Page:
As our world becomes more and more closely interconnected, the need for intercultural dialogue, diversity, and inclusivity has become more essential than ever. In sectors of society where gaps between communities have widened through the passage of time and inequities have become a way of life, more than ever, the cry of our current generation has grown, demanding the bridging of such spaces. Although we have come far, there is still much work to be done.
In a recent paper by Nair & Adetayo, 2019, it was stated that “today’s model of healthcare has persistent challenges with cultural competency, and racial, gender, and ethnic disparities.” Even though our societies have grown immensely, many of our current healthcare systems are still not reflective of the “varying cultures, races, and ethnicities” of the patients that interact with them. In addition to this, despite the growing knowledge of how “diverse populations require personalized approaches to meet their healthcare needs“, the lack of diversity among healthcare providers remains an obstacle. An obstacle that is, unfortunately, harming patients.
Many studies have shown that the staggering lack of representation among physicians, nurses, and other essential healthcare providers, can be linked to the increased risks of health complications and death that people of color face when receiving care. In a 2020 study done by the CDC, it was found that when compared to their White counterparts, Black and Native women were “two to three times more likely to die from pregnancy-related issues.” Even in the midst of the global pandemic, racial disparities seem to have worsened as studies show that Black and Native “population deaths and infections are rising disproportionately.” While the reasons for such health outcomes are “vast and complex“, we cannot deny the role that diversity plays in the health of such patients. We cannot deny that “the lack of representation is about far more than appearances“. We cannot deny that healthcare systems that do not reflect the diverse nature of their patients may be causing them harm.
How do we address this issue?
Cultural competence is probably one of the most critical tools that healthcare providers can use when interacting with patients of varying cultural and ethnic backgrounds. Cultural competence is the ability of healthcare providers to “recognize and respect patients with diverse values, beliefs, behaviors and linguistic needs.” According to the National Institutes of Health (NIH), it can also be described as
When patients and communities of diverse backgrounds are able to interact with diverse healthcare providers who can relate to their perspectives, have a deeper understanding, and empathetic view of their experiences, such patients are more likely to have positive health outcomes. In a study by Alsan et al., 2018, it was found that Black men were more likely to fully share their health issues with Black doctors, and Black doctors were more likely to take more detailed notes about their Black patients than White doctors. Studies have also shown that patients are more likely to actively participate in their own health when working with healthcare providers of their own race or ethnicity.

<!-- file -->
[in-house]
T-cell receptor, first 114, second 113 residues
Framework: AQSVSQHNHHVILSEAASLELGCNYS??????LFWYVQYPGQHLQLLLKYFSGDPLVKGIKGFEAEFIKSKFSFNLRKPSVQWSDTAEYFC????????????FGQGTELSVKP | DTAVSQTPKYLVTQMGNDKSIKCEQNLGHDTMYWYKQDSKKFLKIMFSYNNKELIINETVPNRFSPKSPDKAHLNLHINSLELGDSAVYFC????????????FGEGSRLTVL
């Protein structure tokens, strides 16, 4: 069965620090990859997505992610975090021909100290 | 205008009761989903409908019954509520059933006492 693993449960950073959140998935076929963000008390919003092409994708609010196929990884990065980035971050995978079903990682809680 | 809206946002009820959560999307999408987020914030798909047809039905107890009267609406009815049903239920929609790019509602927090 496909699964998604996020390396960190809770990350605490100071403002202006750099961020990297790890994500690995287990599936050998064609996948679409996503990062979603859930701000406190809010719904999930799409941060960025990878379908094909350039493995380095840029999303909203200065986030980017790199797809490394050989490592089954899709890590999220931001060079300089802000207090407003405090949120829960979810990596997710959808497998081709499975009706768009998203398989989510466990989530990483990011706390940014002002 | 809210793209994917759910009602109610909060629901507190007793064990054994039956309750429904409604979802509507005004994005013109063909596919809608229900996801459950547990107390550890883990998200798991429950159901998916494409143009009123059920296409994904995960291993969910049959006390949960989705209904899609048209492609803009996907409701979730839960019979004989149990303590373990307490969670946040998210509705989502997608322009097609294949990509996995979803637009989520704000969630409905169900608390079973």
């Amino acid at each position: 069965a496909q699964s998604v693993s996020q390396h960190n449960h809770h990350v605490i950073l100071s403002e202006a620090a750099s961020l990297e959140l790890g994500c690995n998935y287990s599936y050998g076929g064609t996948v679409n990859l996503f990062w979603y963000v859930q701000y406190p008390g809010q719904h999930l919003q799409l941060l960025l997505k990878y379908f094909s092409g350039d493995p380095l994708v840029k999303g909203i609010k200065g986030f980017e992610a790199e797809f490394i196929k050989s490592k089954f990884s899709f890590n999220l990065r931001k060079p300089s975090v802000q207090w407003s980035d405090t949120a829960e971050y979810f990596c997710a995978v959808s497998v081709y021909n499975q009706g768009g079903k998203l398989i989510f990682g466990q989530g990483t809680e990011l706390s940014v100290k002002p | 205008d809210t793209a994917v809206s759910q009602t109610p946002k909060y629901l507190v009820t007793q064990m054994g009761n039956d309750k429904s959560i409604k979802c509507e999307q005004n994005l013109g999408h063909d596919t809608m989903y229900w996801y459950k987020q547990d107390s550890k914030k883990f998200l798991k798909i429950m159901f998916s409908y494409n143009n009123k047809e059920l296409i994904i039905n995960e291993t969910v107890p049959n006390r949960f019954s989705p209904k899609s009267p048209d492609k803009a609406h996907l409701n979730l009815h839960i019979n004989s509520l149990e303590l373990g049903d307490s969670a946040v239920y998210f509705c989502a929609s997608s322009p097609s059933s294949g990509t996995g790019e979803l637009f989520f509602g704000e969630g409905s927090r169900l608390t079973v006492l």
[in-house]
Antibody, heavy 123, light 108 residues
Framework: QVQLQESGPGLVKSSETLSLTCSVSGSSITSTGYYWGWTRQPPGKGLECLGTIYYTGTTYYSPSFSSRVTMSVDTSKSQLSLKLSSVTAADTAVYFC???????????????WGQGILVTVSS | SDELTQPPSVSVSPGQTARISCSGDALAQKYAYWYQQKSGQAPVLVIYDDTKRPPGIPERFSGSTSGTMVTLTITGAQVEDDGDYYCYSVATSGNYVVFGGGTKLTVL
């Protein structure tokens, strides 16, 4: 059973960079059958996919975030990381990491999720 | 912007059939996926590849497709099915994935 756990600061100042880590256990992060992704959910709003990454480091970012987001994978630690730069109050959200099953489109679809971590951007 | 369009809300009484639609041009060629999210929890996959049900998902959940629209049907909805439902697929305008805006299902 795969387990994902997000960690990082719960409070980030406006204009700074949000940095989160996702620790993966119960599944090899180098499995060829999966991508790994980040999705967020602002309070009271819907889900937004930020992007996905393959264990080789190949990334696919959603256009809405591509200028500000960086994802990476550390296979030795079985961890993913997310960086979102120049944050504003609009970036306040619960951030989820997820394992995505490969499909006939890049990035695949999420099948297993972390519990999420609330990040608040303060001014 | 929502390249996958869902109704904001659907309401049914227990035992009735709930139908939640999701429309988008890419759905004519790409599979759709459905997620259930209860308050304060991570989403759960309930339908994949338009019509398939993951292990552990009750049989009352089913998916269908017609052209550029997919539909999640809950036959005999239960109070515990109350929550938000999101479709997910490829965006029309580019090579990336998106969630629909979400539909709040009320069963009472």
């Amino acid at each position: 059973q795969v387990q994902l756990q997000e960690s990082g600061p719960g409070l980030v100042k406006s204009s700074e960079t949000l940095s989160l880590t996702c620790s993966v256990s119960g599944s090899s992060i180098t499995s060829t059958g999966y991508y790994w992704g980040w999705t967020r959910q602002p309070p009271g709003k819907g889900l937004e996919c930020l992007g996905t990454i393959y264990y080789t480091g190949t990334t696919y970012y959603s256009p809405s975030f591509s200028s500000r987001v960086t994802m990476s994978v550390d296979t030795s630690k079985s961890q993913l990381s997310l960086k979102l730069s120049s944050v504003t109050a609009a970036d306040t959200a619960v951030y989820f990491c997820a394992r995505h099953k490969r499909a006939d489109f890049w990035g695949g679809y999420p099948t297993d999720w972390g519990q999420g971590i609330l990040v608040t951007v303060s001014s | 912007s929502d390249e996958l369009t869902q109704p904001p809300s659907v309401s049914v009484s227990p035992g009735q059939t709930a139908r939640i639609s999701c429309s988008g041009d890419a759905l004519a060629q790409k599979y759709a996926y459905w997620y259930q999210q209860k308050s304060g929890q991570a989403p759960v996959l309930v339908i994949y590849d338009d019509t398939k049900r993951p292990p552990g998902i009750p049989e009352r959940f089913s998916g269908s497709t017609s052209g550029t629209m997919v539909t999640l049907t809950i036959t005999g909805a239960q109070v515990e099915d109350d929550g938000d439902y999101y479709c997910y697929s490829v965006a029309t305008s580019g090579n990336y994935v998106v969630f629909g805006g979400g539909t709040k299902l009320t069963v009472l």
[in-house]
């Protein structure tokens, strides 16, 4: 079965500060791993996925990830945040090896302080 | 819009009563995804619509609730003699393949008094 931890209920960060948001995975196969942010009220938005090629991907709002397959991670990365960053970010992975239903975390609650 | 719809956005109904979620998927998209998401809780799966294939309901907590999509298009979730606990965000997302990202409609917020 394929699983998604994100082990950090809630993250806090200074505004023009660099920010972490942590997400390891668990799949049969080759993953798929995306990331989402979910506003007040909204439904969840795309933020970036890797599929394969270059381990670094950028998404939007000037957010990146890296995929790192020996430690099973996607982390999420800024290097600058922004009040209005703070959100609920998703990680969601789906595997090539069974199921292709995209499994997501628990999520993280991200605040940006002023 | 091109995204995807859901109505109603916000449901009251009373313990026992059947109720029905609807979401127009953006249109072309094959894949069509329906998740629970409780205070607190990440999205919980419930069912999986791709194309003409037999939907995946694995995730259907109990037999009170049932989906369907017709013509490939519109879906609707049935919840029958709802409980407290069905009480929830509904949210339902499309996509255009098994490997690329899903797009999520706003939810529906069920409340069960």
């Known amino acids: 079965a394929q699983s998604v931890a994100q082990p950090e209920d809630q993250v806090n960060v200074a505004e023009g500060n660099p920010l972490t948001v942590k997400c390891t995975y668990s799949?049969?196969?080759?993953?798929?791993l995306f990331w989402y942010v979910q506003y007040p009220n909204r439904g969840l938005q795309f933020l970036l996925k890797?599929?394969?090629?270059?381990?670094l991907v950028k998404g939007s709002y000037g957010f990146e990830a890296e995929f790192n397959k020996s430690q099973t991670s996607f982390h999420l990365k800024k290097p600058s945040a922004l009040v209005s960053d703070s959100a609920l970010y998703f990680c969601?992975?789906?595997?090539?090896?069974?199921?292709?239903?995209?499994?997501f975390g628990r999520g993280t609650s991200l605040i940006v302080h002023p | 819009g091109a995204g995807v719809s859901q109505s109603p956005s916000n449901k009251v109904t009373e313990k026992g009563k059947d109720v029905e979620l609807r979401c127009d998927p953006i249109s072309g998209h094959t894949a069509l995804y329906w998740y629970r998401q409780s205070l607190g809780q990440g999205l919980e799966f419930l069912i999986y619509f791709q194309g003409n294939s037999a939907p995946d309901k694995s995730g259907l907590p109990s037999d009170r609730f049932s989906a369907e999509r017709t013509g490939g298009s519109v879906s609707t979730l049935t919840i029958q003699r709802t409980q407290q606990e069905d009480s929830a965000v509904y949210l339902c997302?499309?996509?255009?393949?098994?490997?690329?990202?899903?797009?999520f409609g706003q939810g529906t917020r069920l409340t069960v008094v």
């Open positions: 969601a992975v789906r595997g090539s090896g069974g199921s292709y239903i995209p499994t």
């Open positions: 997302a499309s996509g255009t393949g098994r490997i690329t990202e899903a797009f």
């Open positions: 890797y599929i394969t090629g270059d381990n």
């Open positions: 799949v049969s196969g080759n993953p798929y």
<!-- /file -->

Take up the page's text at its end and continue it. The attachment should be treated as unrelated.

There are many ways in which we can increase diversity among healthcare providers, however, just as Rome was not built in a day, improving diversity in healthcare is not a change that can happen overnight. It is a process that requires the dismantling of traditional infrastructures and an ability to adapt to new ways of thinking, and models of healthcare. Currently, there are many institutions around the globe that are making efforts to ensure that their healthcare models and providers are culturally competent and representative of the populations they are serving. According to the study by Nair & Adetayo, 2019, many are using the following 5 interventions:
- The maintenance and introduction of programs that recruit and retain diverse staff members.
- The introduction of mandatory cultural competency training for healthcare providers.
- The use of interpreter services to help individuals from different backgrounds effectively communicate.
- The implementation of culturally appropriate health education materials to inform staff of different cultural backgrounds.
- The provision of culturally specific healthcare settings.
There is still much work to be done, but the work is not impossible. Through active participation and collaboration at all levels, we can improve diversity in healthcare and ensure that every patient is heard, cared for appropriately, and represented.
Together we can make an impact on the health of the nations and the generations to come.
The mission of WHEF is to increase accessibility to medications and supplies for healthcare facilities in Guatemala and Grenada. If you are interested in hearing more about the work we are doing, or in connecting with us, you can visit our website, check out our instagram or facebook, or sign up to receive our newletters. If you would like to support us in our work, please donate here.